Wednesday, September 01, 2004

A reader sent me a story about when she went to the White House for a charity event involving children to meet privately with the President. She wrote me of the wonderful way he was with the children, pausing to talk with and hug each one. This is her description.
While at the White House, I spoke with several media types that have coordinated with both current and the previous Clinton administrations. I had a long conversation with a media guy who had also worked with the Clintons during their eight years. He was young, aggressive, Democratic, and did some work for the current administration. He said, at first, he was unrelenting in his disdain for Bush...that he was a "loyal" Democrat. But, after working with Bush on and off, for the past 4 years, he
absolutely "loved" the President and that working with the Clintons was "hell"...they were both demanding, rude, arrogant, paranoid people, who were late for everything. He said that President Bush was a "good, decent man, who respects
everyone he works with".

Another thing. This event could have been pure positive PR heaven for the President, given the nature of the organization and the people it represents. But he insisted on it remaining private with no cameras, media, etc...it wasn't even on his daily agenda. He offered himself extensively to the people involved who wished to meet him and talk with him. He continually told the Secret Service to "stand back", so we could have close access to him.

This young Democrat said that if it would have been the Clintons, they would have exploited the event, had the media all over it, refused to pose for pictures, etc., and then been a couple of hours late anyway. And, he went on to tell me, everyone who worked with President Bush on a daily basis pretty much felt the same way as he.
This is in accord with other things I've seen here and there. Apparently, Bush has visited soldiers injured in Iraq, but he has done it quietly without the press. Can you imagine Clinton doing that? It is unimaginable. And the Democrats have even bashed him for not visiting the wounded or talking to the families. It is only because some people have talked about their experiences talking with the President that we know about it. I saw the story of one man who lost a leg in Iraq and when Bush visited him, he mentioned how he wanted to undergo therapy and start jogging again when he got his artificial leg. And Bush invited him to the White House to jog with him. And Bush carried through and had him there.

I once saw a story written by a man who worked in the kitchen at some hotel where President Bush came for some dinner and event. And the man wrote that when the dinner was over, Bush came back to the kitchen and spent time thanking the help and posing for pictures and talking with them. These are the kind of gestures that are so impressive because Bush does this naturally without making a big deal out of it. And he deliberately keeps such moments private from the press. He doesn't see people as props as Clinton did. I hope that others will see that essential goodness in Bush.

UPDATE: Thanks so much to the person who gave the link in the comments section to the story about Bush with the waiters. It is from December, 2001. I'm shocked to realize that this story ran in Salon. Read it here, but here is the part that stuck in my mind.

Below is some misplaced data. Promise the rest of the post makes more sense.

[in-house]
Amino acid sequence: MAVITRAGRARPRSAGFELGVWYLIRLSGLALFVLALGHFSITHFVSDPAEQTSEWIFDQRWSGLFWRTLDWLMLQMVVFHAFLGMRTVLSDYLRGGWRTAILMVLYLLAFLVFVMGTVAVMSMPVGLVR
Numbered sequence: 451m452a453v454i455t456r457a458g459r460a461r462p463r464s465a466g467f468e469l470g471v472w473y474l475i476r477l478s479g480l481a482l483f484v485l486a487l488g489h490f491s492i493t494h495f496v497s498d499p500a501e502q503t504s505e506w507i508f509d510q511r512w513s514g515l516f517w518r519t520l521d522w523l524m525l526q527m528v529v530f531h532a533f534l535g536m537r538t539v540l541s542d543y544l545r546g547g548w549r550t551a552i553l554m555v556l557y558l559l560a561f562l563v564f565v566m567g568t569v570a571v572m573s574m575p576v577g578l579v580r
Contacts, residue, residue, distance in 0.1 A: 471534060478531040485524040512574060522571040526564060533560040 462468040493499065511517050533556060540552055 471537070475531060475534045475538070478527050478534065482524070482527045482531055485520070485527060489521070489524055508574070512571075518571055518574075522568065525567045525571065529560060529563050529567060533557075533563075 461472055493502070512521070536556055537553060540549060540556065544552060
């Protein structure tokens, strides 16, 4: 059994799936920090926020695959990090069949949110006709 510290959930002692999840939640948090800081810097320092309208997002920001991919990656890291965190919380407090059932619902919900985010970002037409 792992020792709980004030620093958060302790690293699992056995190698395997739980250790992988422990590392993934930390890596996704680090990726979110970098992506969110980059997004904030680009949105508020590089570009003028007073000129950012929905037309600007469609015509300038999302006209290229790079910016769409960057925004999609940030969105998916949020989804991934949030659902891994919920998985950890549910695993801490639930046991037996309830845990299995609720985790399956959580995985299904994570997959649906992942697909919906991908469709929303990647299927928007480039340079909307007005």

Suddenly there was a commotion in the kitchen. I walked in and there was President Bush in his trim blue suit standing in the middle of the small room, dirty glasses and plates all around him, surrounded by the waiters and kitchen staff -- nine of us in all.

He must have walked his guests of honor out, then doubled back by himself to come into the kitchen. Agents stood in the doorway.

It was as though helium had been released into the room, something that changed the actual composition of the air and suffused it with a rarefied, electric buzz. I've met and spoken to a number of famous people, but this was different, this was being a kid again, before we learned doubt and cynicism and cold reason. Political convictions, if you had any, fell away; judgment, bias, opinion -- these were not on the guest list.

It was the heart responding, not the head.

"How are you all? Wanted to thank you for your hard work tonight."

He had a black felt tip pen in his hand and was signing menus.

...."Mr. President, can you sign this for my Christian brother Mike? And this one for my mother. My Christian mother prays for you every night." One of the older waiters was wide-eyed, standing right next to him.

"You know, I'll tell you something, this entire country is praying right now and I can feel it; I really do; I feel lucky for that."

What Bush said suddenly reminded me of something. I was nervous, but I decided to say it out loud over the noise and excitement of the room. I barely got the words out of my twitching mouth.

"There's a line from Churchill where he says, 'The nation had the lion's heart, I had the luck to give the roar.'"

Bush was standing right in front of me, and he'd heard me.

"I like that, that's a great line. I put a bust of Churchill in the Oval Office, not because of that quote -- because I didn't know it -- but because I admire the man so much, what he did."

He was signing another menu.

"But remember, after the war he lost his bid for reelection." He was smiling and laughing, and so were we. "Time for politics later, though, we've got a war to win."

What a mensch!